My reply is that yes, the modes of thought can be quite different in the two domains. This is one of the genuine points of tension between science and religion. However, in my opinion, the mode that predominates in religious life is the normal mode of evaluation and decision-making in the overall context of human experience. The scientific mode, in contrast, is quite peculiar. It is applicable to a rather narrow range of experience and is generally practiced by a small subset of the population — professional scientists.
My central argument here is simple: The most important questions people face in their own lives are not susceptible to solution by the scientific method.
In fact, I tend to believe that the importance of a question is inversely proportional to the certainty with which it can be answered. How, for example, does one design an experiment to answer the question, Is it better to live or to die? Or, Should I uproot my family in pursuit of a new job far from home?
These kinds of questions simply do not admit of scientific solutions. We cannot make one choice and see how the experiment comes out, then rewind the tape and make the other choice to determine the outcome in the alternative scenario. Rather, we have a one-time shot at our most important decisions. We are forced to rely on intuition, past experience, the advice of friends, precarious projections into the future and, in the end, our gut feelings about what is likely to prove “right.”
Simply put, this is the human condition. It is life, and our most consequential decisions in life have little or nothing to do with science. This does not mean that we cannot bring rational analysis to bear on the issues. Thoughtful people reflect carefully about important decisions and try to take into account as much evidence as is available. Nevertheless, rational analysis rarely compels a particular choice and certainly does not guarantee an end result.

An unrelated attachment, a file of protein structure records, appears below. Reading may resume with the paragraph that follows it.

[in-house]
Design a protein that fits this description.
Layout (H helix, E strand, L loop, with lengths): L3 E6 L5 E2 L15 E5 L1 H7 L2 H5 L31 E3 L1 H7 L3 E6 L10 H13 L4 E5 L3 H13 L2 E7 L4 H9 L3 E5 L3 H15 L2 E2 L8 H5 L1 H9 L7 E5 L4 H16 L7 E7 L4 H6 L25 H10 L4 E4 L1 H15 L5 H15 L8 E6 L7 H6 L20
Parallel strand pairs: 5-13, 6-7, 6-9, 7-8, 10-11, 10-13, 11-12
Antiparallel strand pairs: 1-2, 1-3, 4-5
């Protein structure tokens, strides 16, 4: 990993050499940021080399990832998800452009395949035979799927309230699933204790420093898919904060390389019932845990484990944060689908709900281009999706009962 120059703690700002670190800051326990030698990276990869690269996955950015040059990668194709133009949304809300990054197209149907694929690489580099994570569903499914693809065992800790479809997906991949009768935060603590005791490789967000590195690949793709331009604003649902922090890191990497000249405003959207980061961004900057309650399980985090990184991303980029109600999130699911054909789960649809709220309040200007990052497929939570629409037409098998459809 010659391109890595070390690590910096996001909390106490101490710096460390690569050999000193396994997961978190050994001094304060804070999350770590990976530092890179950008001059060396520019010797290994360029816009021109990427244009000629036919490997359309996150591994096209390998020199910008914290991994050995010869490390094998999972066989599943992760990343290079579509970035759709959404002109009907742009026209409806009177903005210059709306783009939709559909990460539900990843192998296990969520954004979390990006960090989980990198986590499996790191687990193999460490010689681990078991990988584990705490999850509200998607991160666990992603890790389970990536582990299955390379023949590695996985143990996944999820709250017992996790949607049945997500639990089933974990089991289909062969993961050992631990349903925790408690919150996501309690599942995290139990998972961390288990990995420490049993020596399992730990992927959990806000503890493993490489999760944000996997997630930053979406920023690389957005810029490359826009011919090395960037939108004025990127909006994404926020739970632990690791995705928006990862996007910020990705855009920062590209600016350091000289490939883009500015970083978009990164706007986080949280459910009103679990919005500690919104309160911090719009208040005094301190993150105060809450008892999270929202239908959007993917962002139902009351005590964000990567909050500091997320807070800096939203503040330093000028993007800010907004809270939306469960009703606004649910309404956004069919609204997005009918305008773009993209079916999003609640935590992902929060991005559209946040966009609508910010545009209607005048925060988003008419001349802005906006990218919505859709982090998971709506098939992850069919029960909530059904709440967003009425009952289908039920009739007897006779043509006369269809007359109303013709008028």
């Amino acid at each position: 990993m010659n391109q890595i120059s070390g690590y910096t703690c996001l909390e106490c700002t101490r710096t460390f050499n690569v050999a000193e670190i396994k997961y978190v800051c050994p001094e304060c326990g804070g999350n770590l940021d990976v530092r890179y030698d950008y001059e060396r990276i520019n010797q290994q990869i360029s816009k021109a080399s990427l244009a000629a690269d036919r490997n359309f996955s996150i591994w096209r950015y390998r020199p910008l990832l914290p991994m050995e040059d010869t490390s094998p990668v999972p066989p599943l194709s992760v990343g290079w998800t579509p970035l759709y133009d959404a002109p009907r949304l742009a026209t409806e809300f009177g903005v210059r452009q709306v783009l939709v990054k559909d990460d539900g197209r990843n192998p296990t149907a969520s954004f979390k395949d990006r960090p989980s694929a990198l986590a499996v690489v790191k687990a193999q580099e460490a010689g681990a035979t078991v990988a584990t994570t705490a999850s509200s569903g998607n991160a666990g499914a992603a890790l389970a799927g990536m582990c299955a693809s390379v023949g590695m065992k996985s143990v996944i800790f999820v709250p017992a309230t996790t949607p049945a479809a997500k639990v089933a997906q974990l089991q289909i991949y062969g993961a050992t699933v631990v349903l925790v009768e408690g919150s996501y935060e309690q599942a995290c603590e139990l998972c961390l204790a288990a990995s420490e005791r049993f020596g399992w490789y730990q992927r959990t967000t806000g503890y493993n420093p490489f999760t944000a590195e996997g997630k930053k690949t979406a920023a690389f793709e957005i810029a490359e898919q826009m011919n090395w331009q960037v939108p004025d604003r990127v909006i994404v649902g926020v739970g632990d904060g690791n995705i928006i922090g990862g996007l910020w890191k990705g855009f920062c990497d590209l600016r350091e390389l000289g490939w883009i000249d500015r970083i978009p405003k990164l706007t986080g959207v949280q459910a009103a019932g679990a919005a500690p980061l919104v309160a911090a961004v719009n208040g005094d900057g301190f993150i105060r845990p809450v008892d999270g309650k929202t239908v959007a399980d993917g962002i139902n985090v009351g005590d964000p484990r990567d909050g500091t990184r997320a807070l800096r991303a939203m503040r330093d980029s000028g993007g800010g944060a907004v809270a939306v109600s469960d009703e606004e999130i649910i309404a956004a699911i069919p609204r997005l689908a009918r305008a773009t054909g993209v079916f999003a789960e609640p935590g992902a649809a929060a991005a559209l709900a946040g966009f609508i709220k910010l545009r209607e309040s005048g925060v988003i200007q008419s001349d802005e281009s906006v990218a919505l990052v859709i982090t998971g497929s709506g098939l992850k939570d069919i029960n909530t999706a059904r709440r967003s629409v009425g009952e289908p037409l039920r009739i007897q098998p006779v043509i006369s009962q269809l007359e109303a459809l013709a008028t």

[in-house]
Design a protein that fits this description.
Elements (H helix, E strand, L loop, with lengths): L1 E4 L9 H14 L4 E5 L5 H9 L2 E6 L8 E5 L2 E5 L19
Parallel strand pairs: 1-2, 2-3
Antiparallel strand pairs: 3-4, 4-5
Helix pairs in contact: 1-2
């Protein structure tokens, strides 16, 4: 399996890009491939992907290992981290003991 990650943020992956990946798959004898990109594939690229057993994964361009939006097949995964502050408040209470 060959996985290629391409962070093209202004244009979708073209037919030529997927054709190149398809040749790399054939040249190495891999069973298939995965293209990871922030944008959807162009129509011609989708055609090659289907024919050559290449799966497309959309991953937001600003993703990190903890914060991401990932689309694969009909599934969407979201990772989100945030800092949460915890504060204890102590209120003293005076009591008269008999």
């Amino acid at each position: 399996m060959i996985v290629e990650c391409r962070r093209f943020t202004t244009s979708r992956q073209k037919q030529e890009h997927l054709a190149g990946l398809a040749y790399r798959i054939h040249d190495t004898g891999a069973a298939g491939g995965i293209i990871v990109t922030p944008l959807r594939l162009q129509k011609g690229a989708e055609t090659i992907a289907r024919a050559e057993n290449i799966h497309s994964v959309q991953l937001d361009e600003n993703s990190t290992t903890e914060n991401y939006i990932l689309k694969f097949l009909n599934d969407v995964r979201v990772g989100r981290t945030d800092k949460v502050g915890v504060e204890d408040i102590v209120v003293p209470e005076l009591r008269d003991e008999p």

I believe that the religious quest involves exactly the same mode of thought ( “part of the brain”) that is involved in making life-altering decisions such as marriage. It hinges on a gut-level judgment about what sort of universe we inhabit. Our actions, our hopes and our aspirations hang on the answer to this single question. Sources of evidence are available to guide my judgments: my own primary experience in relationship with God (worship, prayer and at least something like halting obedience), my experience in my religious community, the testimony of scriptural writers and other authentic seekers through the ages, and the critical reflections of fellow pilgrims I meet along the journey.
Nevertheless, the evidence falls short in a scientific sense. As in marriage, faith accompanied by commitment must play a foundational role in the religious quest; considerable risk is involved and the stakes are high. I might make a complete fool of myself, or I might, as crazy as it sometimes seems, come into contact with the central reality of our universe, which I believe is more wonderful than we usually dare dream.